'I don't give up'
Varsity coaches tend to learn a lot about their players, so it’s not surprising that Bates field hockey coach Wynn Hohlt knew that Sarah Blomstedt ’09 had been born prematurely. But to Hohlt, it was just another detail about Blomstedt, like the fact that she grew up in Gill, Mass., and went to Loomis-Chaffee.
Then, last winter, Hohlt read Small Wonder: The Story of a Child Born Too Soon (2008, Haley’s), written by Blomstedt’s mother, Susan LaScala. In harrowing and frank detail, the book tells of Blomstedt’s fight for life during her first year. For Hohlt, learning about her player’s excruciatingly fragile beginnings 22 years ago explains the life fire that burns inside Blomstedt today.
“The book absolutely reinforced all that I know about Blommie — that being a preemie made her this tough little athlete and an achiever in whatever she’s doing,” says Hohlt.
In 1986, Susan LaScala was five months pregnant with her second child when, on Jan. 12, an infection of the membranes lining her uterine wall caused LaScala to go into premature labor. Stopping the labor would put her in danger and be fatal to the infant, so doctors performed a caesarean section. But the 25-ounce baby that emerged, LaScala writes, “did not look like a baby”:
A tiny creature lay on the open warmer….She was splayed on her back in a position that was totally unnatural for an infant. Newborns usually lie curled up in their cribs, their arms and legs remembering the way they fit in the womb. But this baby’s arms stretched flat and straight, and her legs extended and flopped to each side. She lay completely still.
It would be another month before LaScala, a nurse practitioner who is now director of clinical services at the Deerfield Academy health center, and her husband, Dr. Jeff Blomstedt, could even hold their baby. They named her Sarah Katherine Blomstedt, even though a chilling question scuttled through LaScala’s mind: Whether they should name a baby who might never know that she has a name.
Setback after obstacle followed throughout the summer: seizures, sepsis, and infections. In August, a rare yeast infection clogged both of Sarah’s kidneys, preventing her body from ridding itself of waste and putting her into pediatric intensive care for 29 desperate days. That she not only survived her first year but was left unscathed by any long-term problems, such as deafness, blindness, or cerebral palsy, is difficult even for her physician father to explain. “It’s like she’s been hardwired with true grit,” says Jeff Blomstedt.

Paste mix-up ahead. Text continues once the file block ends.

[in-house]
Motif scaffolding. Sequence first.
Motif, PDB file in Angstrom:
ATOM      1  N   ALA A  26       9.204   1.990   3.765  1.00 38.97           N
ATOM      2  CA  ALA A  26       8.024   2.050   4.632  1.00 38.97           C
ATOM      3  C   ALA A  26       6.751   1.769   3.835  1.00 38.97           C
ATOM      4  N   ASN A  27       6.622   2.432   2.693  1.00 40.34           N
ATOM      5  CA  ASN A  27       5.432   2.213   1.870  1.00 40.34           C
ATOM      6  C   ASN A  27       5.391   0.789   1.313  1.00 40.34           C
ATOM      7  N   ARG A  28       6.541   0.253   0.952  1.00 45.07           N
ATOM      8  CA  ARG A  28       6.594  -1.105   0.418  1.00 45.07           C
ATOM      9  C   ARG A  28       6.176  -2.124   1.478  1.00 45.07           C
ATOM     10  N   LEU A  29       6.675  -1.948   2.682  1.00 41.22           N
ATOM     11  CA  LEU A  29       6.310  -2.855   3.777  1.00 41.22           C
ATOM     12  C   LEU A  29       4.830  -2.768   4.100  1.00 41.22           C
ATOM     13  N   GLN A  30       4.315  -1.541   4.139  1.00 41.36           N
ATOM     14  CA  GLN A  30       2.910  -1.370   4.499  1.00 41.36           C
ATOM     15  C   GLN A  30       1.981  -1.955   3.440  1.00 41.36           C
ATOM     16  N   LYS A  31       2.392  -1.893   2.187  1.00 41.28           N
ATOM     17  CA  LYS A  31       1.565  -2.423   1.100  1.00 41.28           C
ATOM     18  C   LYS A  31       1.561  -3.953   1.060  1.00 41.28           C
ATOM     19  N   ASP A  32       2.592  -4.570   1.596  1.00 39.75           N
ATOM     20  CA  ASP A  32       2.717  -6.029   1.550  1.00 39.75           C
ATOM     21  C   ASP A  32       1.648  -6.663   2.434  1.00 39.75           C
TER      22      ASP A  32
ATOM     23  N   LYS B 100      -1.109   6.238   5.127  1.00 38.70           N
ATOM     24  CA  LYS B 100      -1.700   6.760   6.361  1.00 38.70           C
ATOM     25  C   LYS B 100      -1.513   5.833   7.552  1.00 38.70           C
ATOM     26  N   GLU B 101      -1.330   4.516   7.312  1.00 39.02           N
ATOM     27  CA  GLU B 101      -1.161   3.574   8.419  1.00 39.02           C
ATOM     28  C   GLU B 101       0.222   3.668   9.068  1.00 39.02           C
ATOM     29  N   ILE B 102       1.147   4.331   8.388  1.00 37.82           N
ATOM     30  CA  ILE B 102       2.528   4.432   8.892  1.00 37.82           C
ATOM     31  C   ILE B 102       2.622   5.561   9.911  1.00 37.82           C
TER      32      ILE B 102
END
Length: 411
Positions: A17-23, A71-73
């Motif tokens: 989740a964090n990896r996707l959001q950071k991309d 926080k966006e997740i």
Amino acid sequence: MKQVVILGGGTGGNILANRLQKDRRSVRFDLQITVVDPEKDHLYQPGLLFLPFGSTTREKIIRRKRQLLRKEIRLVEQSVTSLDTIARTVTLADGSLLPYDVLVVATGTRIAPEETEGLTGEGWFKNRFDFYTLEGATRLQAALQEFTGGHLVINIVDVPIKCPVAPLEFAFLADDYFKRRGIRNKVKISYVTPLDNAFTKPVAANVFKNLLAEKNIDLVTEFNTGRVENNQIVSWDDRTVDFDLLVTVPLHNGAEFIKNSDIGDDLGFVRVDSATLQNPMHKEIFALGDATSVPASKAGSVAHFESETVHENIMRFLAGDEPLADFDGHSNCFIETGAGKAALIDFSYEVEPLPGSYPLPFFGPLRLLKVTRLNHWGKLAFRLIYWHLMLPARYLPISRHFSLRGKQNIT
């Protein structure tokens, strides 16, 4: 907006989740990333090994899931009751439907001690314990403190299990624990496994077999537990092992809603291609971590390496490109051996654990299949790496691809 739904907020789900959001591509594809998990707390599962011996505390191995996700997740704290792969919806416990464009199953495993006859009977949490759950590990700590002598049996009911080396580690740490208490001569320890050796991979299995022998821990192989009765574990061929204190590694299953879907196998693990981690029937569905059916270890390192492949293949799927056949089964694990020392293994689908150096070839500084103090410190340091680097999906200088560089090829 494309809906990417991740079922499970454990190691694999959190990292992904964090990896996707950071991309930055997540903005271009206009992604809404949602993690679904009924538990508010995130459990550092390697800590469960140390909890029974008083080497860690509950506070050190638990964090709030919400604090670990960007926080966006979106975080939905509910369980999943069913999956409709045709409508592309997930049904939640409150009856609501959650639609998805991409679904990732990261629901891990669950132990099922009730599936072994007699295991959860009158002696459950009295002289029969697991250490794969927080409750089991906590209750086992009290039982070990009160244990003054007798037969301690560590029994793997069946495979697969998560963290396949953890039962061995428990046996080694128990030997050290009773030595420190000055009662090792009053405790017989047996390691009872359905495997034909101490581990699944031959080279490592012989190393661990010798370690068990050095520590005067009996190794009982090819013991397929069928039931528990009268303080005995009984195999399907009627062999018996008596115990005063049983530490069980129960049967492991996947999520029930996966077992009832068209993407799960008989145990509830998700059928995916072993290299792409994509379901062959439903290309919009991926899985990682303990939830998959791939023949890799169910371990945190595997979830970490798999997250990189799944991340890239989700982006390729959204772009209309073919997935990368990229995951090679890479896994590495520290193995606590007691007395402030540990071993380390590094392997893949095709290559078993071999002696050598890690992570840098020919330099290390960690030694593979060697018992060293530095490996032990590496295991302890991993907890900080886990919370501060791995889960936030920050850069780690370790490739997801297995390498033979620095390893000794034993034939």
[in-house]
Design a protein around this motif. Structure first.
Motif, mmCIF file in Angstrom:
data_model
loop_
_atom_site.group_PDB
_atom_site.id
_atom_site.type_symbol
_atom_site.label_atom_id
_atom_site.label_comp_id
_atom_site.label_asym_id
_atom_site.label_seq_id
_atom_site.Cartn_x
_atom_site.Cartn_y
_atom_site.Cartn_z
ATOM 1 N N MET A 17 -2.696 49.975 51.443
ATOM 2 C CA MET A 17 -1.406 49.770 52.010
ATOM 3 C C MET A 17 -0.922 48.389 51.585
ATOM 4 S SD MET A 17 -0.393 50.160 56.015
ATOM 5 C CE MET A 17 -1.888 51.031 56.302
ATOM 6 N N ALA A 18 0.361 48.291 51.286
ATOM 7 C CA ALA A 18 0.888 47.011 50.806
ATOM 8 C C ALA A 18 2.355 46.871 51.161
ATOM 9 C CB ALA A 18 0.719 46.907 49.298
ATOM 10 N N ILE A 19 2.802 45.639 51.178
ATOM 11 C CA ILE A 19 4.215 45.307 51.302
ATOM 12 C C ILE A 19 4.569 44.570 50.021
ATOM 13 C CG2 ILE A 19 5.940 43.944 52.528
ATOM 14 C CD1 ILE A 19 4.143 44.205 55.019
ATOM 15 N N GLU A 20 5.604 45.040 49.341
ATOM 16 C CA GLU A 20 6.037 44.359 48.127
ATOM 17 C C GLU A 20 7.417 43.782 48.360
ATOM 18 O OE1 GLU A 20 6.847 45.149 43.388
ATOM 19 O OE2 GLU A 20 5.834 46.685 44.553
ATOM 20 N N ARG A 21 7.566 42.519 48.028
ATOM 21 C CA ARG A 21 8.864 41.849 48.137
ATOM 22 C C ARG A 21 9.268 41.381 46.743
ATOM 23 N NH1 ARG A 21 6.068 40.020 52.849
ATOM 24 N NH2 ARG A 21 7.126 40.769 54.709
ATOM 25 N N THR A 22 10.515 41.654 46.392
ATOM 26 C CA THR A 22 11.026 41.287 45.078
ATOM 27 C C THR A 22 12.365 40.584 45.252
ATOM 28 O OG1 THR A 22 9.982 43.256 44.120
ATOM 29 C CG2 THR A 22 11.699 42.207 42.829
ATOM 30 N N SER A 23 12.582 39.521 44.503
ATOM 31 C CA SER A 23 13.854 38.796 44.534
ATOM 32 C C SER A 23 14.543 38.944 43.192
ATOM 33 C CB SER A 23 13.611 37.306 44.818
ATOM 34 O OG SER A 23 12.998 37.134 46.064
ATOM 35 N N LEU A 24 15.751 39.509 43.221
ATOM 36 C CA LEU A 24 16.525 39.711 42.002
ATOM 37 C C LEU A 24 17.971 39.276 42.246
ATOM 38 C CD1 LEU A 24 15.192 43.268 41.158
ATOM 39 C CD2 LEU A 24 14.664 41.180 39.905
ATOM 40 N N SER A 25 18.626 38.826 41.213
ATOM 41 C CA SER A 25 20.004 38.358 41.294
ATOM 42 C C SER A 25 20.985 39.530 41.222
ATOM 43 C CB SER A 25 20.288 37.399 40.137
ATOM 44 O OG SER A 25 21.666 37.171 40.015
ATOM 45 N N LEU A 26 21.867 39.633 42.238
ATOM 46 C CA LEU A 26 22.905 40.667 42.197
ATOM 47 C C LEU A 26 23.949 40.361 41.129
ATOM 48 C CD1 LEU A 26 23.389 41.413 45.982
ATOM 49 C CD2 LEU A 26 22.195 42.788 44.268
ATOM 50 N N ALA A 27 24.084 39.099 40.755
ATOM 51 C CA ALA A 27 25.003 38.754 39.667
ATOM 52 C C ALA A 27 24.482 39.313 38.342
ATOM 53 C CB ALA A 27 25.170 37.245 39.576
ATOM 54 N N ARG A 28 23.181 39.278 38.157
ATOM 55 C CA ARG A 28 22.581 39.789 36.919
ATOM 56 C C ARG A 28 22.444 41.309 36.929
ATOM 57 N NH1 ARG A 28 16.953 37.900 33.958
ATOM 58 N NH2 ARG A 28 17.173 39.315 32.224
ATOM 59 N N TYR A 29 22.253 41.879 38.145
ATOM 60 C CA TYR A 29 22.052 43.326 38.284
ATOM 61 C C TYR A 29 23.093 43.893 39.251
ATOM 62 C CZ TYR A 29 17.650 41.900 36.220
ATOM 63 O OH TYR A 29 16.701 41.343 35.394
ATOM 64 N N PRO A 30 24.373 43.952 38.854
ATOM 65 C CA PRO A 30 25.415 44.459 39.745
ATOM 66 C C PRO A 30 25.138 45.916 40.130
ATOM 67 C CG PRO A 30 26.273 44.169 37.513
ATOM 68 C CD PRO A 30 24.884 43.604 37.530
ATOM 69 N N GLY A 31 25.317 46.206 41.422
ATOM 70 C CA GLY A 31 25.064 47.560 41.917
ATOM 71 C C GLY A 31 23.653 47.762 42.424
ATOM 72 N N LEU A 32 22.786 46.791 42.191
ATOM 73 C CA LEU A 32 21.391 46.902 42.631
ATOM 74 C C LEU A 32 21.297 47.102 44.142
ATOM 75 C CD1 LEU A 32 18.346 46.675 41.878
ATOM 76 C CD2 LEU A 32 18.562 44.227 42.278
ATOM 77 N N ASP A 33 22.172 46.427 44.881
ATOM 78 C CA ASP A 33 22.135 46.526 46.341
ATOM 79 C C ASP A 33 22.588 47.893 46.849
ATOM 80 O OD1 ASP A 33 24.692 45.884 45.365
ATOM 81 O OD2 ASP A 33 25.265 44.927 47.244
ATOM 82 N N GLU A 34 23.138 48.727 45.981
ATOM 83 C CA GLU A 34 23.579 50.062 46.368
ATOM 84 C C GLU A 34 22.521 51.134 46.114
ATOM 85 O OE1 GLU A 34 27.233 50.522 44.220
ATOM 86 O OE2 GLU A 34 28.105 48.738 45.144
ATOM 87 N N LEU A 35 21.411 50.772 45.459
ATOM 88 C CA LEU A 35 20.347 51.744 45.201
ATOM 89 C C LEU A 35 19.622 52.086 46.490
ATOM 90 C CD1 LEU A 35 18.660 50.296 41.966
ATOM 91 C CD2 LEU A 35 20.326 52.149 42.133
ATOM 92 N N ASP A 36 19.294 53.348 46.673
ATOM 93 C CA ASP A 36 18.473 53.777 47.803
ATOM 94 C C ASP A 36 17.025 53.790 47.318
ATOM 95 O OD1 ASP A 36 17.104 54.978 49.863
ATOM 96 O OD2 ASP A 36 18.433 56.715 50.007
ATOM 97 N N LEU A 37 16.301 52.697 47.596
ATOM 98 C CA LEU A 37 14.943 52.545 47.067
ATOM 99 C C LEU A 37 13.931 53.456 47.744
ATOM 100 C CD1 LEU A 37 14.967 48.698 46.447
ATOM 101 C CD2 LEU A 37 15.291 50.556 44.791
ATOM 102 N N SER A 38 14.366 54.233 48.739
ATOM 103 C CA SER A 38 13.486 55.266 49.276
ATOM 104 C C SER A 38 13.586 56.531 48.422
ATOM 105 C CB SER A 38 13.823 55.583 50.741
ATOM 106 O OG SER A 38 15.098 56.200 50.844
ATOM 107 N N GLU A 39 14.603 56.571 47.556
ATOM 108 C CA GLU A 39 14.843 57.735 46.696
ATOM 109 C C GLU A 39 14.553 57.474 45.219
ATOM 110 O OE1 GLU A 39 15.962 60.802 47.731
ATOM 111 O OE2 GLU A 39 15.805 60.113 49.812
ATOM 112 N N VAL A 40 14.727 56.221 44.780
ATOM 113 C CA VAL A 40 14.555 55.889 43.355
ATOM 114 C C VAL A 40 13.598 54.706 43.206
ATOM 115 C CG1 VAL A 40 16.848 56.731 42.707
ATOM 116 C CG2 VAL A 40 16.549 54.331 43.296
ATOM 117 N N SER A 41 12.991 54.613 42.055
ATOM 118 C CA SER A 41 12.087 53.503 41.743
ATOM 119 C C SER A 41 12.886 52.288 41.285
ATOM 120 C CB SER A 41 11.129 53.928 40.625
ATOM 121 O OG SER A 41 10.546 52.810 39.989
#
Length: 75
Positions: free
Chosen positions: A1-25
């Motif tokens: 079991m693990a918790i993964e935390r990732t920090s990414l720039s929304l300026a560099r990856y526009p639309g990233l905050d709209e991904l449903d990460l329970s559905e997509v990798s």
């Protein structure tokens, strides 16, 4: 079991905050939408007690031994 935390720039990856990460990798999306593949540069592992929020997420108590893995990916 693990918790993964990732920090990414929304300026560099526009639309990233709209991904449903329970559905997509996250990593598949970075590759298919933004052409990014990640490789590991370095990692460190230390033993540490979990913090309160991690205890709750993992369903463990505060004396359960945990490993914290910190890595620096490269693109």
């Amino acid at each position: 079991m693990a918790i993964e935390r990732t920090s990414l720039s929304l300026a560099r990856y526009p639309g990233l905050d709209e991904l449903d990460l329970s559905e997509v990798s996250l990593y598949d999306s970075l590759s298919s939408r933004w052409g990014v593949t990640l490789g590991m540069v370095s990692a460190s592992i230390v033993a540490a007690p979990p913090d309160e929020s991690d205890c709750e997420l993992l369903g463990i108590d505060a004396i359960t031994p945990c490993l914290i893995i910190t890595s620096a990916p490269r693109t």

LaScala’s first-person tale is distinguished not only by its medical detail but also by its focus on what happens when incredible emotional pressure is brought to bear on a family (the couple also has a son, Willie, who was then a toddler). LaScala chronicles her and her husband’s different but ultimately compatible ways of negotiating their differences as spouses, beleaguered parents, and insiders to their daughter’s medical care. Even today, in terms of LaScala’s book, they differ. She wrote it; he admits that he can’t bring himself to read beyond a paragraph or two.
Of course, Sarah herself has no memory of any of this. Her familiarity with her own remarkable story is a product of the narrative of those who know her, and it’s almost as if the baby in the book was someone else. “I’ve been totally healthy since then,” she says. “I get a cold probably once a year, but that’s it. I feel like I got all of my sicknesses out of me that first year.”
A fierce competitor in her two Bates sports, field hockey and squash, Sarah also stays in tune with coaches and teammates. “She’s never going to screw around when I’m explaining a drill,” says Hohlt, who is an assistant coach of women’s squash in addition to her field hockey duties. “Then she helps the kids who weren’t paying attention. She’s the one who organizes people to go to the weight room, especially someone not as motivated or comfortable going there.” This past winter, Sarah was named to the women’s squash NESCAC All-Sportsmanship team.
Studying abroad, she missed the 2007 field hockey season. But her starting position in the backfield is secure thanks to her performance in the last game o f her sophomore season. After a Colby standout had a hand in back-to-back goals, the Mules were ahead 2-1 in the second half. Tapped by Hohlt to harness the offending Mule, the 5-foot-3 Blomstedt shut down her opponent the rest of the game, which Bates won in overtime.
At the time, Sarah had only played about a dozen minutes all year. “In the most important game of the season, I asked her to do something that people who were supposedly better than her couldn’t do,” says Hohlt. “And she did it.”
When home, Sarah trains and plays squash with her father. “She hasn’t beaten me in a full match yet, but she’s getting doggone close,” says Blomstedt, an accomplished player. “She tries to make me run all over the court and get me out of position. I can hear her giggle when she does that.”
Sarah employs much the same strategy at Bates (without the giggles). She’s missed only one squash match in her three years, earning a career record of 44-26 for a team that’s been in the top 15 nationally the last three years.
“I work really hard in sports and don’t give up, ever. In school I’m the same way,” says Sarah, a psychology major. “I’ve always been persistent.”
In a sense, Sarah Blomstedt has been her mother’s supportive teammate, too, as LaScala worked on her book for a decade. “I’m just thrilled for my mom that she’s finally done with the book,” says Sarah. “She made it happen.”